Publications of the Native Tree Society 

The Native Tree Society is the publisher several publications.  The first is a scientific journal published quarterly entitled the Bulletin of the Eastern Native Tree Society.  The second is the eNTS Magazine published monthly primarily as a summary of materials posted to the NTS BBS. The organization also published a series of Special Publications on an irregular basis.


Bulletin of the Eastern Native Tree Society

The Bulletin was established in the Summer of 2006 under the editorship of Dr. Don Bragg a Research Forester, USDA Forest Service, Southern Research Station, P.O. Box 3516 UAM, Monticello, AR 71656.  He writes of the journal:

Conventional wisdom holds that an organization has really “come of age” when it can offer its membership something a little more tangible than just a sense of belonging. In a sense, the Bulletin of the Eastern Native Tree Society has been months in preparation, with many dedicated individuals working hard to create a visual representation of the Eastern Native Tree Society.

In reality, this journal has been years in the works, dating back to the earliest moments of the organization as its purpose crystallized from the efforts and interests of its founding members. So what is the vision for the Bulletin? I suppose if you were to ask a dozen ENTS members, you would get a dozen different responses. Perhaps the best way to understand the Bulletin is to know the organization and its goals. ENTS was formed not that many years ago to celebrate the forests and trees of eastern North America through a variety of formats. Additionally, the founders intended ENTS to serve as a repository for highly accurate information on large tree dimensions.

ENTS is comprised of a small but dedicated core of devoted tree measurers from many different fields— some scientific, some not. We have writers and weather forecasters, arborists and computer instructors, professors and students, people of all walks of life and all levels of interest. Although centered around some core principles, the Bulletin will reflect the diverse interests of ENTS membership.  To this end, a wide range of materials can be submitted for consideration for publication in the Bulletin—simply follow the instructions for authors posted in this and future issues. In addition to more technical materials like trip reports and peer reviewed scientific articles, the editorial board would like to encourage members to submit poetry, pictures, stories, editorials, observations, and other original creations that correspond to the interests of the society.


eNTS Magazine

The eNTS Magazine's first issue covers the period of January 2011 and consists of a compilation of posts made to the BBS during that period.  It is edited by Edward Frank.   He writes: 

This magazine will be published monthly and contain materials that are compiled from posts made to the NTS BBS It will feature notable trip reports, site descriptions and essays posted to the BBS by NTS members. The goal is to have an easily distributable magazine of posts available for download for those interested in the Native Tree Society and the work that is being conducted by its members...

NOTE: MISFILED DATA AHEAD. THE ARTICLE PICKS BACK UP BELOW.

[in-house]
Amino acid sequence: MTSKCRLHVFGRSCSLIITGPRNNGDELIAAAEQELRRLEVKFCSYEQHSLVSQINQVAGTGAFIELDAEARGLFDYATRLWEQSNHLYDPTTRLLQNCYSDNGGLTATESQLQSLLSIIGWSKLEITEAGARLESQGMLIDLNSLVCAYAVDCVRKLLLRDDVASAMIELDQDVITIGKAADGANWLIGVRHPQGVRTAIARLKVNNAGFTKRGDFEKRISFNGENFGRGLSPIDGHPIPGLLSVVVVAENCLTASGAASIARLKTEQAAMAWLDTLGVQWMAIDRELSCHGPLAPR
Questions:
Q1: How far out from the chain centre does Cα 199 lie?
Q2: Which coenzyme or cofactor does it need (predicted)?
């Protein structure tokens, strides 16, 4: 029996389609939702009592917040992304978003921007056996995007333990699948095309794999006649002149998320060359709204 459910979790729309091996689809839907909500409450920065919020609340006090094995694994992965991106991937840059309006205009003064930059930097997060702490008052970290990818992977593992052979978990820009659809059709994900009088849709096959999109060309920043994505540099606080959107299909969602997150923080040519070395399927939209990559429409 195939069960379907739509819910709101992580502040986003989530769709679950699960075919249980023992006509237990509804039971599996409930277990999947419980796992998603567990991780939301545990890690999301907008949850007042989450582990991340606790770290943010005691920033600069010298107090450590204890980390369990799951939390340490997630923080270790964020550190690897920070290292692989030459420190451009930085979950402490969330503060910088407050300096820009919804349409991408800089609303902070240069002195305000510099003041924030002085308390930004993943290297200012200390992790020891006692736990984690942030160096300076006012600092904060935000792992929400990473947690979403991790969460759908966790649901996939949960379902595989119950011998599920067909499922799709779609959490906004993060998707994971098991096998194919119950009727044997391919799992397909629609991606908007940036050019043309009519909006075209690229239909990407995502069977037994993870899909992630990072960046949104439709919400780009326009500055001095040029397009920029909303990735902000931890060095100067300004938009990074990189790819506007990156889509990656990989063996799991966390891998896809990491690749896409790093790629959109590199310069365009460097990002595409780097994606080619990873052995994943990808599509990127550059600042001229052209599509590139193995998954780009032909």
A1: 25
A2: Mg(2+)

This magazine will serve as a companion to the Bulletin and help the group reach potential new members. To submit materials for inclusion in the next issue, post to the BBS. Members are welcome to suggest specific articles that you might want to see included in future issues of the magazine, or point out materials that were left from a particular month’s compilation that should have been included. Older articles can always be added as necessary to the magazine. The magazine will focus on the first post on a subject and provide a link to the discussion on the website. Where warranted later posts in a thread may also be selected for inclusion.


Special Publications of the Native Tree Society 

The Native Tree Society also publishes a series of Special Publications on an irregular basis as appropriate material become available.  The first in the series is the Tree Measuring Guideline of the Eastern Native Tree Society by Will Blozan.

Will Blozan writes: 

The most significant difference between ENTS measured trees and those measured via conventional forestry methods is a much higher standard of accuracy. In fact, the "ENTS method" of laser-based tree height measurements is so accurate that it is being employed in height growth monitoring projects by several universities and premier forest ecologists. Perhaps the most important value of the ENTS method is that it is repeatable, a basic premise of any scientific project. Users of the method, with a few minutes of training, can produce measured results within 1% or less of a seasoned ENTS researcher. Seasoned ENTS researchers can measure a tree from the ground to within inches of a direct tape drop. This process takes but a few minutes for most trees.


Other Publications: 

There are also a number of other documents that have been written by NTS members that are available for downloads from this or other websites:

  1. The Really, Really Basics of Laser Rangefinder/Clinometer Tree Height Measurements  by Edward Frank
  2. Pockets Full of Forest by Edward Frank - A guide to finding small pockets of old forest in the landscape.
  3. Multitrunk Trees, Woody Vines, and Other Forms by Edward Frank - a classification scheme for multitrunk forms
  4. On Defining a Forest Aesthetic by Edward Frank -  web document
  5. Tsuga Search Project by Will Blozan - assorted posts
  6. Bookstore Listings (needs to be updated)


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